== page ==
Hill & Knowlton

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This article is part of the Tobacco portal on Sourcewatch funded from 2006 - 2009 by the American Legacy Foundation.

Hill & Knowlton (H&K) is one of the oldest public relations firms in the United States. It was the public relations firm for the tobacco industry from 1953 through 1968.

Global climate change

Hill & Knowlton is representing the Copenhagen Climate Council, the official convenor of the World Business Summit on Climate Change prior to the UN Climate Conference COP15 in November, 2009.[1]

Big tobacco

In December, 1953, H&K designed the tobacco industry's strategy for counteracting scientific evidence which linked cigarette smoking to lung cancer. The campaign began with the publication of a full-page newspaper ad called The Frank Statement [2] which was printed in hundreds of newspapers throughout the USA in January, 1954. H&K also helped organize the Council for Tobacco Research [3]. As a result, H&K was named a co-defendant of Philip Morris in numerous tobacco lawsuits.

A H & K employee was also responsible for producing and distributing a 1954 booklet titled Smoke Without Fear, which sought to blunt public fears about the dangers of smoking. A copy of the booklet is available here.

A 23-page paper titled Health and Morality -- Tobacco's Counter Campaign, is a historical account written in 1992 describing the key part that Hill and Knowlton played on behalf of the tobacco industry in obfuscating the link between tobacco use and disease for decades to come.

The 23-page document details the history of John W. Hill, founder of Hill and Knowlton, who helped a panicked tobacco industry stave off a wave of public fear over the allegations that smoking caused lung cancer in the 1950's. With John Hill's deft coaching, the industry published its 1954 "Frank Statement to the Public" and formed the Tobacco Industry Research Committee (forerunner of the Tobacco Institute). A quote from the document is as follows:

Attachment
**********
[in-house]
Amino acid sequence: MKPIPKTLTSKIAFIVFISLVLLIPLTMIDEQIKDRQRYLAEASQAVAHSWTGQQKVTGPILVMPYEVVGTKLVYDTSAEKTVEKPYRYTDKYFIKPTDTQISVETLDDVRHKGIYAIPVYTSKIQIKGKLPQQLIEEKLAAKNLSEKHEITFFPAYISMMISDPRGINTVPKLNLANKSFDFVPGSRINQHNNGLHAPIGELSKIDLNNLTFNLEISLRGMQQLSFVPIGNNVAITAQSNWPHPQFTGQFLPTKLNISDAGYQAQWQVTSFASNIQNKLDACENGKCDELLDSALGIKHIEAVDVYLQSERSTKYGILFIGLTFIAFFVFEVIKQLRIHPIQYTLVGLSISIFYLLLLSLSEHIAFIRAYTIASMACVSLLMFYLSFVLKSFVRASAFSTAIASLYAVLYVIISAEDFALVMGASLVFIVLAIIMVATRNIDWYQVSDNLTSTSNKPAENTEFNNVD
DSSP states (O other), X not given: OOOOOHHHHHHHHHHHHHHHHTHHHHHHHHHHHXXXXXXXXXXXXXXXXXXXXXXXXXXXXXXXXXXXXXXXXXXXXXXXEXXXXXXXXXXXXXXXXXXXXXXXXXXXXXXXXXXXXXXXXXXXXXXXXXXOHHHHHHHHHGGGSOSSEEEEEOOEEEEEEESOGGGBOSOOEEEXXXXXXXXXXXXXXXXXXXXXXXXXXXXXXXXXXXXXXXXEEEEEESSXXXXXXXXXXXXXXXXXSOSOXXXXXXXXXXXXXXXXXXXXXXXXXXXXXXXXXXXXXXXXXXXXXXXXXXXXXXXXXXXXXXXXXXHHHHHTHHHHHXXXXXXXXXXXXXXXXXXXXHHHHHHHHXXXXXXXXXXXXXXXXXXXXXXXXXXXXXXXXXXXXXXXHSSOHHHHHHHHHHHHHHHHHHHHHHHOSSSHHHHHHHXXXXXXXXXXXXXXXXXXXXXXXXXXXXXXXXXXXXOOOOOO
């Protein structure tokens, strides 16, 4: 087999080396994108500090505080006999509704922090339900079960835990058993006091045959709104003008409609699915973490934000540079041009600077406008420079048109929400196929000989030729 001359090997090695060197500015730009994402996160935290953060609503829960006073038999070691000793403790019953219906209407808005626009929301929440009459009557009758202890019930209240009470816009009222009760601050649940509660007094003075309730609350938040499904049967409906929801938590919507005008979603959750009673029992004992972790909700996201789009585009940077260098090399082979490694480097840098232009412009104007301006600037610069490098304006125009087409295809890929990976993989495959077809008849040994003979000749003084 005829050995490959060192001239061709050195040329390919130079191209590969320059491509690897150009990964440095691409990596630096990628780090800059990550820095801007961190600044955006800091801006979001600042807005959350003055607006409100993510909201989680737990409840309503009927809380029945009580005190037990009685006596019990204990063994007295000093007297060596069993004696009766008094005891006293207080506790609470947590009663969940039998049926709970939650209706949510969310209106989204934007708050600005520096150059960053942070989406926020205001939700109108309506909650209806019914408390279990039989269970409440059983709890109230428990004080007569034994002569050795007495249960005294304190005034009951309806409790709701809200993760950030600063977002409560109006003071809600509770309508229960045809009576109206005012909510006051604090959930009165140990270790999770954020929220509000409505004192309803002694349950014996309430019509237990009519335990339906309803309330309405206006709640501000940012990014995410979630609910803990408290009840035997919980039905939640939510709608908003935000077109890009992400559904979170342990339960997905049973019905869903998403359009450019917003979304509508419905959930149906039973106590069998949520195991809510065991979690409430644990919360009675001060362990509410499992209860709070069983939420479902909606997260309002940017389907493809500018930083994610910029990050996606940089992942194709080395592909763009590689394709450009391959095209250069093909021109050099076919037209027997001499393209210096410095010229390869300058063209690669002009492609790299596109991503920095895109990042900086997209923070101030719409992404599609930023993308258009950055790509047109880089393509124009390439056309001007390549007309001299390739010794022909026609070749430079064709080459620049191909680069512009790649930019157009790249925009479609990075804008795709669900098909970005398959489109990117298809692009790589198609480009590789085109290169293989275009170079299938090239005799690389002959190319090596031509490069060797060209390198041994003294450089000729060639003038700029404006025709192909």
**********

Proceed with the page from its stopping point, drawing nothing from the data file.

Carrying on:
Business Week, in an article on the state of public relations in 1960, commented: 'Probably one of PR's best finger-in-the-dike jobs was during the tobacco-lung cancer scare when the tobacco industry brought in Hill and Knowlton. H&K helped set up the Tobacco Industry Research Committee, run by prominent scientists and based on the premise that 'there is no conclusive proof that cigarettes cause cancer, but that the industry has an obligation to get the full facts.'

The document is authored by John W. Hill II, and was sent to Murray H. Bring, top Philip Morris lawyer, who made handwritten notes on it here and there, according to the header. The language used in this piece is quite damning of the industry. Here is one example:

The stakes in this ongoing public relations battle are enormous. On one side of the ledger is the health of more than 200 million teen-agers and adults. One (sic) the other side are (handwritten: the) profits, even survival, of the tobacco industry in dependence on the 55.8 million addicted smokers as of 1988."

In an apparent negative reaction to the realization of what he had done, in writing his memoirs, Hill omitted any mention of the part he played in forming the Tobacco Industry Research Committee. Indeed, when he was asked about this topic by a student who was writing a master's thesis on Hill's work, Hill said, "I decline to comment on this matter on the basis that this is an active, highly sensitive account."

Furthermore, and to his credit, Hill later broke completely with the industry's tactic of forming front groups to protect profits: